Work of Art-is

WGH WR wins TCCA award

HOWLAND — With the Trumbull County Player of the Year trophy essentially up for grabs in 2019, it wasn’t surprising who came down with it.

It wasn’t surprising to everyone but the winner.

Warren G. Harding’s Ty Artis had a breakout senior year for the Raiders and won a close race for Trumbull County Coaches Association Player of the Year honors. The announcement was made at Monday’s banquet held at Leo’s Ristorante, where all 16 players waited in anticipation during a year where there was no clear-cut choice.

“I was shocked,” said Artis, who finished just two touchdowns shy of eclipsing the school record for TD receptions in a season, set by former NFL standout Mario Manningham. “I didn’t believe them (when they called my name).”

The speedy, sure-handed receiver was a big-play machine for Harding, which made the Division II playoffs in back-to-back seasons after finishing 7-3 in 2019. Artis was a huge reason why.

The 5-foot-11, 170-pound senior was a two-way starter, solidifying the secondary at safety and leading the offense as the Raiders’ No. 1 receiver. He made 28 catches for 752 yards this year, averaging nearly 30 yards per reception (26.8). His nine TDs were two behind Manningham’s record.

“He made some catches that were just unbelievable,” said Harding coach Steve Arnold, who quickly recalled several highlight-reel grabs by the ultra-athletic Artis. “I think it kind of gets overshadowed, some of the plays he made, by the general public or by the fan base. But when you’re a coach, and you see some of those catches on the sideline, or the next day in film session, you’re like, ‘How’d he make that catch and stay in bounds?’

“He was the guy that we had to get the ball to.”

The breakout year was a long time coming for Artis.

His talent was well known to he and the coaches since junior high, but injuries kept Artis from showing his skills on the big stage. He played sparingly as a sophomore and junior, mainly because of a torn hamstring, among other lingering injuries.

Artis never lost faith, and he decided to make a change to his offseason regiment by dedicating himself to the weight room.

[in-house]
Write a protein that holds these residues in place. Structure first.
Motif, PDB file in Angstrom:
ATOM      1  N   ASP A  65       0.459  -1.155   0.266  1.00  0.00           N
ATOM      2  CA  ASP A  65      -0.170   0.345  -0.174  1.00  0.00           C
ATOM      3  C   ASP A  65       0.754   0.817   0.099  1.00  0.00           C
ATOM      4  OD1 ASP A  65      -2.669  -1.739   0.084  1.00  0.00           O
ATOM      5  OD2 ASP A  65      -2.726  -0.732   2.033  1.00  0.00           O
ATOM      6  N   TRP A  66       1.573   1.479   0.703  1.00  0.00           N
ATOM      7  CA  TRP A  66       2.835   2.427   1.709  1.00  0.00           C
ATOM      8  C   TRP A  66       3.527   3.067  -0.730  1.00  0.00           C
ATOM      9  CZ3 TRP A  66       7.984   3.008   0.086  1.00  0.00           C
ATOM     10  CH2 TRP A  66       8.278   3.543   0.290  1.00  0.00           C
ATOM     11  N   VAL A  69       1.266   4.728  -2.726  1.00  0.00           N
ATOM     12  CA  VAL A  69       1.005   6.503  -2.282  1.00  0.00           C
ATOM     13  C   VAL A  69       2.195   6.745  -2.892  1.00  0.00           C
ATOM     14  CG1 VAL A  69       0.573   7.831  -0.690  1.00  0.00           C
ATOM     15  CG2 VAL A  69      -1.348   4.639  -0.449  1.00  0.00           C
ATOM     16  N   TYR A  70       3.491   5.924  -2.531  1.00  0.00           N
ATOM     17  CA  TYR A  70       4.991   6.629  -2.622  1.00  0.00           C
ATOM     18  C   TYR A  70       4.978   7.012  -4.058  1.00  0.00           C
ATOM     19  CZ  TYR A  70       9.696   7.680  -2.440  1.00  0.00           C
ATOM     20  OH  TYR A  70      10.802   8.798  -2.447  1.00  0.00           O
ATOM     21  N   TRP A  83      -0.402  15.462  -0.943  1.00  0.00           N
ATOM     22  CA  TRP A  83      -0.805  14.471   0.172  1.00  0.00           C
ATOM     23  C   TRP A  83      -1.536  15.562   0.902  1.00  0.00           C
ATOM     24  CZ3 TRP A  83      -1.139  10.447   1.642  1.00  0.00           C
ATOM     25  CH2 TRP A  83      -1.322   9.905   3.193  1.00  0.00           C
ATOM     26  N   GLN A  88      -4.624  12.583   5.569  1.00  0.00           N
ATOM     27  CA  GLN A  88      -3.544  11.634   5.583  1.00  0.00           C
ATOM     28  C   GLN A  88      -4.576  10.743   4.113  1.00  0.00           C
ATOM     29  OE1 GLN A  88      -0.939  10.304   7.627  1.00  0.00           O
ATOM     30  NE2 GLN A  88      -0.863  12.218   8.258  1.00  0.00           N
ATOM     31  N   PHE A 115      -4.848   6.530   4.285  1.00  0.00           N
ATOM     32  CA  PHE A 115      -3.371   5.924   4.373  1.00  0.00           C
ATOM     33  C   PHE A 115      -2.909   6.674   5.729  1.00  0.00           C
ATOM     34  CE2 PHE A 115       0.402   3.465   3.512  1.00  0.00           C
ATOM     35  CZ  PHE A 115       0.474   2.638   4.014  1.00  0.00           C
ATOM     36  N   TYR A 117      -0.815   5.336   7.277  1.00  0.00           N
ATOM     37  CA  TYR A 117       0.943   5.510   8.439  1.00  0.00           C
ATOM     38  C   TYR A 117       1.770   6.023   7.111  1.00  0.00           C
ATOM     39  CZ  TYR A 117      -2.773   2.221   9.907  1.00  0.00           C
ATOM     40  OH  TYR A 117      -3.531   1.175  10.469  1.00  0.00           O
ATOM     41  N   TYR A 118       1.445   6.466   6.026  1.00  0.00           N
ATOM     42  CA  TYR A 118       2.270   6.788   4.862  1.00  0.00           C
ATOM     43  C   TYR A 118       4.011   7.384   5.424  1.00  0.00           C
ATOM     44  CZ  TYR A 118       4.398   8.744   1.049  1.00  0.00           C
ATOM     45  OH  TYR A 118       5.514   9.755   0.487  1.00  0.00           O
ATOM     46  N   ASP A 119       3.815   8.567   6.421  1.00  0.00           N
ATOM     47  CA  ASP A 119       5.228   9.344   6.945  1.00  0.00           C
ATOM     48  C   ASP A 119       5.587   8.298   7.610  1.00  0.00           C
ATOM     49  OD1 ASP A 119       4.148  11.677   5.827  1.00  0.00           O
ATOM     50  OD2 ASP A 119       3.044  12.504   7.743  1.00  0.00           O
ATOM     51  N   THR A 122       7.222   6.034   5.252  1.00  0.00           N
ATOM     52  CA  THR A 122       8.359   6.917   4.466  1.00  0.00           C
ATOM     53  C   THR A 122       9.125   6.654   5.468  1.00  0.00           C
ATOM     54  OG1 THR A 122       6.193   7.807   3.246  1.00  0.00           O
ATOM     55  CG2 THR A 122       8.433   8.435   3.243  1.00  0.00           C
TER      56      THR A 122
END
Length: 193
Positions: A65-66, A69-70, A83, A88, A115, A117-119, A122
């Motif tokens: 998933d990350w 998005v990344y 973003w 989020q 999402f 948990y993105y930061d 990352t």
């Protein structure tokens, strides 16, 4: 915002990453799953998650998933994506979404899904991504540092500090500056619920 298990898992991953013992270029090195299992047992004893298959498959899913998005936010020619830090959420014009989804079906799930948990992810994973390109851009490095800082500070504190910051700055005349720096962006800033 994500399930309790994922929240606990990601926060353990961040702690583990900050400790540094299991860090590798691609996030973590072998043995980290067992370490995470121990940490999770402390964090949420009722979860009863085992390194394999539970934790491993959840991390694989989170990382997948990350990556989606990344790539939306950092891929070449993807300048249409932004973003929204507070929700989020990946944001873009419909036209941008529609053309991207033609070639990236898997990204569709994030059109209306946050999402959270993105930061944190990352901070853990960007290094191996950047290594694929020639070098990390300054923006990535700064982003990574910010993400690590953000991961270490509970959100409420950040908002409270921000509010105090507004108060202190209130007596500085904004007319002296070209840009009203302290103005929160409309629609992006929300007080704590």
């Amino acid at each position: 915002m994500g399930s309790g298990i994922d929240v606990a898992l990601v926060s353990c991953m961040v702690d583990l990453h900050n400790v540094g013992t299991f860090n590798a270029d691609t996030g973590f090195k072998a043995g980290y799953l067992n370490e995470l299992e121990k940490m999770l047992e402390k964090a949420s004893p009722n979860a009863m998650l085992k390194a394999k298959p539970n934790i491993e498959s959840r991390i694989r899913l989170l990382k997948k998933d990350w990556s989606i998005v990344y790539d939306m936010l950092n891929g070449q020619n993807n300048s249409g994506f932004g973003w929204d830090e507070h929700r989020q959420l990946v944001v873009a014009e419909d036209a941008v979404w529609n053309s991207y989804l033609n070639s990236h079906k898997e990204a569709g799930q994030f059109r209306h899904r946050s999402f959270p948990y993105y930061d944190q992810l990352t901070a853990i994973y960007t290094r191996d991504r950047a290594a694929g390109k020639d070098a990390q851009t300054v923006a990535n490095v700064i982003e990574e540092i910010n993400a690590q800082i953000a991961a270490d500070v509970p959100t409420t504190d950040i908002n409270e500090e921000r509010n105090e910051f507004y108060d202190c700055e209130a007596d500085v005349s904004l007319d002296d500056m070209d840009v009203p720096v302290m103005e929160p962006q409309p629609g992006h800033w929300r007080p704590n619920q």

“I never took the weight room serious,” he said. “My senior year I took it serious though. I knew I had to lead, on and off the field. A lot of the younger guys looked up to me.”

His confidence never wavered either.

Artis didn’t have a single touchdown catch before his senior year. In fact, he had just one career reception for 35 yards prior to the 2019 season. Still, he and Arnold both agreed the potential was there, and after committing an offseason to the weight room, his body held up. Artis didn’t miss a game as a senior and was a central figure in the locker room and on the field.

“Huge role,” said Arnold of Artis’ impact on Harding returning to the playoffs after losing 10 starters on offense and seven on defense, including current Rutgers running back Kayron Adams. “You always have to have a big-play guy. I don’t care if he’s running the ball, throwing the ball, catching the ball — you always need that guy on your team. Ty was that for us. Last year it was Kayron. Then it goes back to Lynn (Bowden), so you need that guy, and Ty was that guy for us this year. He was imperative.”

Artis joins a long list of former Raiders to earn the award.

He’s the sixth Harding player, joining Joe Varley (1978), Korey Stringer (1991), Carl Diggs (1998), Maurice Clarett (2001) and Bowden (2016). There were two players from Warren Western Reserve as well, Rozelle Richardson (1984) and Jermaine Richardson (1989).

Artis, who is still deciding where to play college football, said he was humbled to be part of such an elite group, especially since he grew up idolizing Bowden, now an NCAA star at Kentucky.

“I looked up to Lynn when I was coming into high school,” he said. “If I can push to be like him, or somewhere near him, that’ll be the best thing for me.”

He moved a step closer Monday.


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